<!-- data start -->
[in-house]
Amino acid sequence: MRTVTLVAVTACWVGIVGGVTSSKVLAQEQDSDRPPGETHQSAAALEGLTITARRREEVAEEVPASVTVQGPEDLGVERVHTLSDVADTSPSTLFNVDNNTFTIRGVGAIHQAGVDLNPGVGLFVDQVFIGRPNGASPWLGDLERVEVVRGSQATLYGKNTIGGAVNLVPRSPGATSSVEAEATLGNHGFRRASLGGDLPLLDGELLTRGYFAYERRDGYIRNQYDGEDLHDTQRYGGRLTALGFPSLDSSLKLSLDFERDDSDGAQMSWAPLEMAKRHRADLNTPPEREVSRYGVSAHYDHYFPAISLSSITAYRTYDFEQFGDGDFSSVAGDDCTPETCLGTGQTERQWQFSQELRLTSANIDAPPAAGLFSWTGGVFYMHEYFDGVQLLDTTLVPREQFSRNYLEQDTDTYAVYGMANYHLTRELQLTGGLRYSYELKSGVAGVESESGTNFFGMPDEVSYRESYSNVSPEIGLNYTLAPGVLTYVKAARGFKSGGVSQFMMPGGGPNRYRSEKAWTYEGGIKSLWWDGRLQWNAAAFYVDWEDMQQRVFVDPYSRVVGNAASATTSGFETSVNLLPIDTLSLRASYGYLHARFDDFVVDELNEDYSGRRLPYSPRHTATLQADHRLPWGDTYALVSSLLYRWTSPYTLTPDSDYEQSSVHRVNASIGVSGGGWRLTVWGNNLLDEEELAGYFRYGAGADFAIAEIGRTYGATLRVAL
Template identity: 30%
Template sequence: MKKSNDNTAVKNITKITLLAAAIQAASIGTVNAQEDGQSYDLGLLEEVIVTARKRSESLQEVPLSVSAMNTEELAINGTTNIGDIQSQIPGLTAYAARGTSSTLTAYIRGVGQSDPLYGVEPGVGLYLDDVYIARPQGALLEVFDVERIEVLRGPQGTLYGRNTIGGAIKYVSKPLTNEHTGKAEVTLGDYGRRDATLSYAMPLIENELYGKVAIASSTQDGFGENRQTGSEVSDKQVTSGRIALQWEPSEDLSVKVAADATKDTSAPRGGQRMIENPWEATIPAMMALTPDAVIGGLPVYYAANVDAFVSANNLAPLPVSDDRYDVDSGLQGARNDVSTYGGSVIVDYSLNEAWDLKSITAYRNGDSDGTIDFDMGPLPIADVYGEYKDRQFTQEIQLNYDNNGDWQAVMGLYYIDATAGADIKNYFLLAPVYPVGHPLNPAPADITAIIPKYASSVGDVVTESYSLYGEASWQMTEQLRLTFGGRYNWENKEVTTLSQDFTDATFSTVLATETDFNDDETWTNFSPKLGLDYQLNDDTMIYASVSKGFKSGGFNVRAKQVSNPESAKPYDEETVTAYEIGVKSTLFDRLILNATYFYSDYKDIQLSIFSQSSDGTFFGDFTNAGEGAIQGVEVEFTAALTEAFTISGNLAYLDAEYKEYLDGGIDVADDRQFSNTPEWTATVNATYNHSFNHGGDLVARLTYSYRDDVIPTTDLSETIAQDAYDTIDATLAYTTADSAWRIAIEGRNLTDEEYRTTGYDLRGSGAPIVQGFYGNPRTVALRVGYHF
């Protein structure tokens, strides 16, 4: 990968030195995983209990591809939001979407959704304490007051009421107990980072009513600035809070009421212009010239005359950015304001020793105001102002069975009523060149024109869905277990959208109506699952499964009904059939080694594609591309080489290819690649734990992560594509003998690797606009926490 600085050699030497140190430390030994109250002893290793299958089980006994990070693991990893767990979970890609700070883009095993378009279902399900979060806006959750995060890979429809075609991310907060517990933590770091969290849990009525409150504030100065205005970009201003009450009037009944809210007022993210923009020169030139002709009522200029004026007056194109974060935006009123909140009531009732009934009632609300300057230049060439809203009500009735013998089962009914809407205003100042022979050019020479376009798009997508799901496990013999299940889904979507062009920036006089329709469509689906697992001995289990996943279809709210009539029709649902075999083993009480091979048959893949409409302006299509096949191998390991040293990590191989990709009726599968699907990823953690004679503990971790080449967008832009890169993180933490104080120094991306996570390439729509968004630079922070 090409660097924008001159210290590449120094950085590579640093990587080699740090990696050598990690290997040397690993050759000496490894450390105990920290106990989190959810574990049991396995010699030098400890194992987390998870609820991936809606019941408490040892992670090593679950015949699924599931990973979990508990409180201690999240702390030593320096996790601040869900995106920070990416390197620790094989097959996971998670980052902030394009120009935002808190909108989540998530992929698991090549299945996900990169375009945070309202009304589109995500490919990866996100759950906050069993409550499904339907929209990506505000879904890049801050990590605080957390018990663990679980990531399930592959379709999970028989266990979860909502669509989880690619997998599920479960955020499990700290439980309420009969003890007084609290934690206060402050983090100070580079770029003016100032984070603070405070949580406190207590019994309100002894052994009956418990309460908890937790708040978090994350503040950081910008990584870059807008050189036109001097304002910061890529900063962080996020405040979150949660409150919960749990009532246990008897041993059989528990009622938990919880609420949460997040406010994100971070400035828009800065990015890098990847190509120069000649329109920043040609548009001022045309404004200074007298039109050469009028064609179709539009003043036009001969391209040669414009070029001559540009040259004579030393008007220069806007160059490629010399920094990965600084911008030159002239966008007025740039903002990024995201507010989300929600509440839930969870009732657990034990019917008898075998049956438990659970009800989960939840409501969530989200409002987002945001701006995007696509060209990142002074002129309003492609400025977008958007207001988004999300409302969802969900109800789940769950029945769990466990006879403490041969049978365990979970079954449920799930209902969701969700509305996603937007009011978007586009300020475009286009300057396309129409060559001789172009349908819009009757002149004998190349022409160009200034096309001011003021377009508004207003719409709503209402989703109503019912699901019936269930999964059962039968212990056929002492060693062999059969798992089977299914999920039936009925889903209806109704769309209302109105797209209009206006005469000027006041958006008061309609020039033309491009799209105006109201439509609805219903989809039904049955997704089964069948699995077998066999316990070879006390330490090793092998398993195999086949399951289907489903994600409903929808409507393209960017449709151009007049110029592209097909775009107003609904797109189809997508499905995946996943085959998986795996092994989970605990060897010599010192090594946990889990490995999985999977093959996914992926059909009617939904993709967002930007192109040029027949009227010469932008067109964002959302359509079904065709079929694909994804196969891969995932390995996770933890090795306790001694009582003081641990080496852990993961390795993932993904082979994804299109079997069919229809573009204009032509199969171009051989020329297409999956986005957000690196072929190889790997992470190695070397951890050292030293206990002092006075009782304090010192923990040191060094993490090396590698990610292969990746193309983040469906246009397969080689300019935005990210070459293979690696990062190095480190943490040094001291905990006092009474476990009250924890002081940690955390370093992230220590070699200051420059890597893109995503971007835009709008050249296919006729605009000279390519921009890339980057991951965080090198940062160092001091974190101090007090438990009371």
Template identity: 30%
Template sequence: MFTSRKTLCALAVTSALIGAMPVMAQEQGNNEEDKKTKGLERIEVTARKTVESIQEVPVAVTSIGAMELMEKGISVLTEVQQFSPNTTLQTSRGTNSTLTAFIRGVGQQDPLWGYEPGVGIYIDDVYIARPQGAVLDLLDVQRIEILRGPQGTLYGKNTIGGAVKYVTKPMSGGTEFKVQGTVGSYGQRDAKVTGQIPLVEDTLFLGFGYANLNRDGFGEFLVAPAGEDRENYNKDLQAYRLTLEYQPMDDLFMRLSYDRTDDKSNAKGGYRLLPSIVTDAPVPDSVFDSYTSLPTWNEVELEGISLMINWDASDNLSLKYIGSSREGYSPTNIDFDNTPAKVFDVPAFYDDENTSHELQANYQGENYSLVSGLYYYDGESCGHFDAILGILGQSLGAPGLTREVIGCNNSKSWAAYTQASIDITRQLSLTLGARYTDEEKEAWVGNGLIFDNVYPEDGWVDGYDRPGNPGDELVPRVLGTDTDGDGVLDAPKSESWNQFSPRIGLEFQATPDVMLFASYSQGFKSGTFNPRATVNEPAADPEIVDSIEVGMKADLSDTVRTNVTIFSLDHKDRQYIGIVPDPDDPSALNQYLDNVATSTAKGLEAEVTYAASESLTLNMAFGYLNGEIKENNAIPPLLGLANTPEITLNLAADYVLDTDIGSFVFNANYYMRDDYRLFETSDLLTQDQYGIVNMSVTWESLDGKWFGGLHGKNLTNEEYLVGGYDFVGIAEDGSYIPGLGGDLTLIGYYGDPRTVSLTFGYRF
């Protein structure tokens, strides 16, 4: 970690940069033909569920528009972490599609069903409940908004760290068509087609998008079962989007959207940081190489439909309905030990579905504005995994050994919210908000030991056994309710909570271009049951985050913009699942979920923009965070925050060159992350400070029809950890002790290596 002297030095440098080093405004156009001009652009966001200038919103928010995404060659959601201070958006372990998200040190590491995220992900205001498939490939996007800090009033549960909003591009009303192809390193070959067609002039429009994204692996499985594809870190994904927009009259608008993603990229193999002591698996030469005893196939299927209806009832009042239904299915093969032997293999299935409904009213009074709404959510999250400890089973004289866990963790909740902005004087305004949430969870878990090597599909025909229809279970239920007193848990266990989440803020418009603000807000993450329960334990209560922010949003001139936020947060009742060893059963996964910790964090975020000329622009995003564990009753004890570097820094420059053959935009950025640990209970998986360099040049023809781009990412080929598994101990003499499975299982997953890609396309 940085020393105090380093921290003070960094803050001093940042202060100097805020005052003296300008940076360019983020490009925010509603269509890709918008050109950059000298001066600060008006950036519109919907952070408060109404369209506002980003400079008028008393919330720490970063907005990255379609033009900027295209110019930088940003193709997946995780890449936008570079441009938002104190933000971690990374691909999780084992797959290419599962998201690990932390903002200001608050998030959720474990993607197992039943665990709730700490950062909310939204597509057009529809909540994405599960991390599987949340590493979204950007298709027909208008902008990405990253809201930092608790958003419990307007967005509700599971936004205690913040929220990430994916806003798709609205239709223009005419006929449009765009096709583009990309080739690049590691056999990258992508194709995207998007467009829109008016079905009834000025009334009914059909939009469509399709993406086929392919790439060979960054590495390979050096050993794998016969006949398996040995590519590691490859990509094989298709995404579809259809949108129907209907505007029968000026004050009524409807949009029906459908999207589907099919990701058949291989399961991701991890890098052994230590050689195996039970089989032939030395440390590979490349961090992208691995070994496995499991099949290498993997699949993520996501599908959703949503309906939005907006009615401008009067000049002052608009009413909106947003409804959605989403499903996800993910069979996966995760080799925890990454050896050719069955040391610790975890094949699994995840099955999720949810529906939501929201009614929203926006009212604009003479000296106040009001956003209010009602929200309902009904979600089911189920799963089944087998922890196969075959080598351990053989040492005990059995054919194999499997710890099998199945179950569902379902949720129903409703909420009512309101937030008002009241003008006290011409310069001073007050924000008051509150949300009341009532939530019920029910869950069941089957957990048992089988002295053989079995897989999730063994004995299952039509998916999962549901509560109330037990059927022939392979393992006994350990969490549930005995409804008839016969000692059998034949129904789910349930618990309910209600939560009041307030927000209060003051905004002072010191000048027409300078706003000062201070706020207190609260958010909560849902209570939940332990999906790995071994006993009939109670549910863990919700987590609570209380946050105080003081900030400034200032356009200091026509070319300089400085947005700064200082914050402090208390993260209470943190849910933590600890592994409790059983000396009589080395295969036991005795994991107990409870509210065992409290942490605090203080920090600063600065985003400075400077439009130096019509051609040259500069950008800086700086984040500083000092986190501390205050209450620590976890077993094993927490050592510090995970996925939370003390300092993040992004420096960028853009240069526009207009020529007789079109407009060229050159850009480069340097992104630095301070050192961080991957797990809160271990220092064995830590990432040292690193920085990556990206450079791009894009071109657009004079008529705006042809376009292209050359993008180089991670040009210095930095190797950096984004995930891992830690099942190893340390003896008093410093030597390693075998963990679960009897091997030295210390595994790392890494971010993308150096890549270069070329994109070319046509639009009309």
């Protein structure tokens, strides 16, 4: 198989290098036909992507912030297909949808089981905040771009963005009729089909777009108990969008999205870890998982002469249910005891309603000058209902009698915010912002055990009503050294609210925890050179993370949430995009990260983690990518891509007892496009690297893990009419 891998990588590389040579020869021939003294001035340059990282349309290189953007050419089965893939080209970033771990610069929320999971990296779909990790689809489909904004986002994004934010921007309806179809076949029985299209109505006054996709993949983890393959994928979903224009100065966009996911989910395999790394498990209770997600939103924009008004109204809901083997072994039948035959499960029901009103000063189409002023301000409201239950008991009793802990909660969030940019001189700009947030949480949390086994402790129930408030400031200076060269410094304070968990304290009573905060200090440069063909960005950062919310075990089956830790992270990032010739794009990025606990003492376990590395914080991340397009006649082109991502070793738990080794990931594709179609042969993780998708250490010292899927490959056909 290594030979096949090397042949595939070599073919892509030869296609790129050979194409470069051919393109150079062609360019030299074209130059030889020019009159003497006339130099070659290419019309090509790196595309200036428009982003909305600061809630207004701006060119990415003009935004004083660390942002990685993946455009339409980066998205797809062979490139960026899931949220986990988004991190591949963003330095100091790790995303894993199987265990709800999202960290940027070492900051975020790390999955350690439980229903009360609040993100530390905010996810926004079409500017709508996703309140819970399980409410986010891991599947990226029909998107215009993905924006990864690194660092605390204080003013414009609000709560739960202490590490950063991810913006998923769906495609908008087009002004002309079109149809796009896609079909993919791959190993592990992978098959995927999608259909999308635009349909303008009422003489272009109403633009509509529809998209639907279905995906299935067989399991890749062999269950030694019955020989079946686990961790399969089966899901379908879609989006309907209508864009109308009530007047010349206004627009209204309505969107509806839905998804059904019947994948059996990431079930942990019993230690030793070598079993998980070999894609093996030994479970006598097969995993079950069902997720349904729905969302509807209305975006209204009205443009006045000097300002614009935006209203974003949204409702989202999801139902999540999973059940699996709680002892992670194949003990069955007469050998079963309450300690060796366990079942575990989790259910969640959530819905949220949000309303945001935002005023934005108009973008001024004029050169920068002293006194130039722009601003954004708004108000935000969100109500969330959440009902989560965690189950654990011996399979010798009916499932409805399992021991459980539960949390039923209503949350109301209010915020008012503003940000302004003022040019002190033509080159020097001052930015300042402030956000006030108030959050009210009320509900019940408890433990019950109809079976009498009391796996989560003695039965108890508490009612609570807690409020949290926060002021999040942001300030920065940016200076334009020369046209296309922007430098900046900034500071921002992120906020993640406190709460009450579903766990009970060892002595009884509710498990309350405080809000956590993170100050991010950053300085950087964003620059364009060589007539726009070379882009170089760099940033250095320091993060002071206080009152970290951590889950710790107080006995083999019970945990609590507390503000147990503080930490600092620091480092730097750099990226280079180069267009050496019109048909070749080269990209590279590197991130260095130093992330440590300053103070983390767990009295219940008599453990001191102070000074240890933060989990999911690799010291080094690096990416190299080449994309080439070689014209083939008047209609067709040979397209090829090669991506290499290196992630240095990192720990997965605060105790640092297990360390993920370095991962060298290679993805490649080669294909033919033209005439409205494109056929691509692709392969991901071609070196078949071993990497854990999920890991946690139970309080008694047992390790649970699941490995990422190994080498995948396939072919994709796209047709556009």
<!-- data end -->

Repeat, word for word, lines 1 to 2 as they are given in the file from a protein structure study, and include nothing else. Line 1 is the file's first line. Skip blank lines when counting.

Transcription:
[in-house]
Amino acid sequence: MRTVTLVAVTACWVGIVGGVTSSKVLAQEQDSDRPPGETHQSAAALEGLTITARRREEVAEEVPASVTVQGPEDLGVERVHTLSDVADTSPSTLFNVDNNTFTIRGVGAIHQAGVDLNPGVGLFVDQVFIGRPNGASPWLGDLERVEVVRGSQATLYGKNTIGGAVNLVPRSPGATSSVEAEATLGNHGFRRASLGGDLPLLDGELLTRGYFAYERRDGYIRNQYDGEDLHDTQRYGGRLTALGFPSLDSSLKLSLDFERDDSDGAQMSWAPLEMAKRHRADLNTPPEREVSRYGVSAHYDHYFPAISLSSITAYRTYDFEQFGDGDFSSVAGDDCTPETCLGTGQTERQWQFSQELRLTSANIDAPPAAGLFSWTGGVFYMHEYFDGVQLLDTTLVPREQFSRNYLEQDTDTYAVYGMANYHLTRELQLTGGLRYSYELKSGVAGVESESGTNFFGMPDEVSYRESYSNVSPEIGLNYTLAPGVLTYVKAARGFKSGGVSQFMMPGGGPNRYRSEKAWTYEGGIKSLWWDGRLQWNAAAFYVDWEDMQQRVFVDPYSRVVGNAASATTSGFETSVNLLPIDTLSLRASYGYLHARFDDFVVDELNEDYSGRRLPYSPRHTATLQADHRLPWGDTYALVSSLLYRWTSPYTLTPDSDYEQSSVHRVNASIGVSGGGWRLTVWGNNLLDEEELAGYFRYGAGADFAIAEIGRTYGATLRVAL